Answer – No! And here’s why:
The reports talk about various customers who have lost money to Carter Stones and who obtained awards via the Property Redress Scheme. However Carter Stones have failed to pay up and the complainants are still out of pocket.
They are not pleased.
The Property Redress Schemes
There are three authorised property redress schemes, The Property Ombudsman, The Property Ombudsman Services and The Property Redress Scheme (the scheme referred to in the article).
I should start by saying that I am a member of the Property Redress Scheme Council as an independent member (ie I am not an employee) and have been for some time. This article is an attempt to explain where they stand and their place in the scheme of things.
I should also say that the question of enforcement has always bothered us on the Council and we have discussed it many times.
The BBC Article
Here is part of the BBC article quoting some of the people interviewed in their report:
“The PRS is pretty much useless,” Mr Soeyono told me.
Teresa said: “The PRS is not effective at all, absolutely not in the case of a rogue agent. They’re just using the scheme for their benefit.”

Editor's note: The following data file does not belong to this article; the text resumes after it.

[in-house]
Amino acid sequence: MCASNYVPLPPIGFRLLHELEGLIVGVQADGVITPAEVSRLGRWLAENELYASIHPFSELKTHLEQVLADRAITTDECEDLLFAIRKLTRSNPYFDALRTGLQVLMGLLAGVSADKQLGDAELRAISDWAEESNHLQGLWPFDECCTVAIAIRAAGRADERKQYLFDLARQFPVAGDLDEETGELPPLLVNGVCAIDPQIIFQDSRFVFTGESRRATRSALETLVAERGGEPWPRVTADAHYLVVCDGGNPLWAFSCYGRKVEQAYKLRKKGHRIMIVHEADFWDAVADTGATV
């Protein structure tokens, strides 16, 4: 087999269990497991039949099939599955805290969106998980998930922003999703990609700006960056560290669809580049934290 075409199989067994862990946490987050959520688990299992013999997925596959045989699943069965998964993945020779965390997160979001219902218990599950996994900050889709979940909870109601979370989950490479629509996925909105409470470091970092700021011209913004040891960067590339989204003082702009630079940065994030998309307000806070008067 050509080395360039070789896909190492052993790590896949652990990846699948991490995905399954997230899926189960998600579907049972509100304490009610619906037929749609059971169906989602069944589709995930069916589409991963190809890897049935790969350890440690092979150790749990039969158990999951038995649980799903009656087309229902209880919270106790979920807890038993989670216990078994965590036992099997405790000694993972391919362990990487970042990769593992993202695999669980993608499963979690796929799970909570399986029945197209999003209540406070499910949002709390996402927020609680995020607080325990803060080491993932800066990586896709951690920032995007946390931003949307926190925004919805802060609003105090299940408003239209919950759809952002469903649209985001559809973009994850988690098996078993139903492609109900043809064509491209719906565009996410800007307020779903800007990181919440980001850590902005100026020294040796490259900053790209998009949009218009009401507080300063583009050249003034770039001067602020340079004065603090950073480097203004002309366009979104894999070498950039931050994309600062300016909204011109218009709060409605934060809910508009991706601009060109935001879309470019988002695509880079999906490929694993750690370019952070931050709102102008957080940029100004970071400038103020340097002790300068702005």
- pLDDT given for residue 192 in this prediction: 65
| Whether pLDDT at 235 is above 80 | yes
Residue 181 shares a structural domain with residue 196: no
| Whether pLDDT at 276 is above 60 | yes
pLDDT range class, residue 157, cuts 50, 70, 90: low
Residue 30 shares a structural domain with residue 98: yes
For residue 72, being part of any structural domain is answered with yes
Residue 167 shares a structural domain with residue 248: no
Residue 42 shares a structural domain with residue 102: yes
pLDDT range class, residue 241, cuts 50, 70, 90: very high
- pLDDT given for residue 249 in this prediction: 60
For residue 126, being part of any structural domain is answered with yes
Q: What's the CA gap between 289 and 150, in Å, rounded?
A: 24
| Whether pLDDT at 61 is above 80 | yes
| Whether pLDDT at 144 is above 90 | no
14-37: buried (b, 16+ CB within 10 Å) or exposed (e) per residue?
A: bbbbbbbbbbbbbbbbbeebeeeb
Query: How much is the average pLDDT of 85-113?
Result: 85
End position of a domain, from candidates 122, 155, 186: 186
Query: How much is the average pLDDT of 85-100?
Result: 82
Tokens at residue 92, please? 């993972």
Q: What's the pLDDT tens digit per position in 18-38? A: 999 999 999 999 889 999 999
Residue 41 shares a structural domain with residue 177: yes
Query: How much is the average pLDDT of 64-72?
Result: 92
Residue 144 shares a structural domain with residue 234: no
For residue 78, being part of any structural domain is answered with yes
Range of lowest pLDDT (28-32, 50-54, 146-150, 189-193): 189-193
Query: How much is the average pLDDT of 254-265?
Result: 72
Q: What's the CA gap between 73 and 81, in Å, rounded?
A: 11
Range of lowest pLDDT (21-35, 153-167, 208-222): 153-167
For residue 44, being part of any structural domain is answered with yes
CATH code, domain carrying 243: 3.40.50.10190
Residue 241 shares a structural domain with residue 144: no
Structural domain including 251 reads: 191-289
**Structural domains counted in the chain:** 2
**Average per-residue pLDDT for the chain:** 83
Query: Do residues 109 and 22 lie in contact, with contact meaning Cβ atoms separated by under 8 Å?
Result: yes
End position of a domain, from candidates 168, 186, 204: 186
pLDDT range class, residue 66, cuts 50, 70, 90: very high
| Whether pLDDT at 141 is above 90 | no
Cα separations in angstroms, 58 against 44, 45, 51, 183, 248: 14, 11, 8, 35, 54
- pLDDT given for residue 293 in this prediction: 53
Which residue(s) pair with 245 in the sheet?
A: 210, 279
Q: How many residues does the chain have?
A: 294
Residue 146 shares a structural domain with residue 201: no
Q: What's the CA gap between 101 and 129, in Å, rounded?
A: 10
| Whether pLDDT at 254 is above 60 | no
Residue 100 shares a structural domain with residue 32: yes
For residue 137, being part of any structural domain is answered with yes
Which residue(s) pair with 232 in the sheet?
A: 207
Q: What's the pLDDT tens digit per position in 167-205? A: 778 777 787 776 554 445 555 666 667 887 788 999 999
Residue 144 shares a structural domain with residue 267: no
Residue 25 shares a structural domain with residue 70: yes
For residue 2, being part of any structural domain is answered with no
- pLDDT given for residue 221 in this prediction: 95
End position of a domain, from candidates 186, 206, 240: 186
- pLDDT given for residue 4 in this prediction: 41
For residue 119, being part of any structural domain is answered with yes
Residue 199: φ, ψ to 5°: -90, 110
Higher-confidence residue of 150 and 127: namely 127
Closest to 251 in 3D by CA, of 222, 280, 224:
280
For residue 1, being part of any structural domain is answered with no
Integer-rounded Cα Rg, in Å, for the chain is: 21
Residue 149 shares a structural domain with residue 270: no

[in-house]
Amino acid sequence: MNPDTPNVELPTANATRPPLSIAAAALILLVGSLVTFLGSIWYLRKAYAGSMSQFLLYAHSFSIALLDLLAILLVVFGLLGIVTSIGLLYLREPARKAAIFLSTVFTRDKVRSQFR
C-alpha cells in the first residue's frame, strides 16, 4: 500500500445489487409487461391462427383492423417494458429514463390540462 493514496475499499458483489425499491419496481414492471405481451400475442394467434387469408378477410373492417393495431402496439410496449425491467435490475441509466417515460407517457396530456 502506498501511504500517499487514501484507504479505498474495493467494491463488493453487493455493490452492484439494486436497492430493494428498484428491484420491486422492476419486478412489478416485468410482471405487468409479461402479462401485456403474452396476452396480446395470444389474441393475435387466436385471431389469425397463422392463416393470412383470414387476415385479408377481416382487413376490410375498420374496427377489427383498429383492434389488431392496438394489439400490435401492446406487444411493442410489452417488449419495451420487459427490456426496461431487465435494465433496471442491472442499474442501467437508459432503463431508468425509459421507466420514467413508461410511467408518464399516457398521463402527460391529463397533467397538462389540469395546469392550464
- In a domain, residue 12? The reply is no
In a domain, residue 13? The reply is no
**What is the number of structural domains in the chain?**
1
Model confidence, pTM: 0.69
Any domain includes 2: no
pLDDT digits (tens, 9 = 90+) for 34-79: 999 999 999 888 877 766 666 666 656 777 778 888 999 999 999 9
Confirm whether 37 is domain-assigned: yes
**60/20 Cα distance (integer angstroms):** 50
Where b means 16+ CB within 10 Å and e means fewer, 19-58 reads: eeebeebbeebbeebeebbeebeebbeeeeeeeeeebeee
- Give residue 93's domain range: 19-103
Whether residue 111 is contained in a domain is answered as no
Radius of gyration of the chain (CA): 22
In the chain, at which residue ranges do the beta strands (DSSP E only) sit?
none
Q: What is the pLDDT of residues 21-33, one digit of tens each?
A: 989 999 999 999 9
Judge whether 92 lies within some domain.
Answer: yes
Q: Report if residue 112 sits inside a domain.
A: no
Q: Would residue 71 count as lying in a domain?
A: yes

The PRS does not require letting agents to sign up to a code of conduct, and does not publish a list of companies that have been expelled on its website.
Let’s first clear up the last two points.
- The Property Redress Scheme does publish a list of expelled agents. You will find it here at the top.
- Although there is no specific code of conduct which members sign up to, when the Ombudsman is considering a case, it will be judged against the Private Rented Sector Code published on the RICS site here or if the agent is signed up to a more onerous code, to that code.
I think one of the problems shown up by this issue is that people misunderstand the role of the Property Redress Schemes.
This is essentially to provide a free route for landlords and tenants who are unhappy with their agents’ service (or the service provided by any of the other PRS members) which they can use to make a complaint, as an alternative to going to court.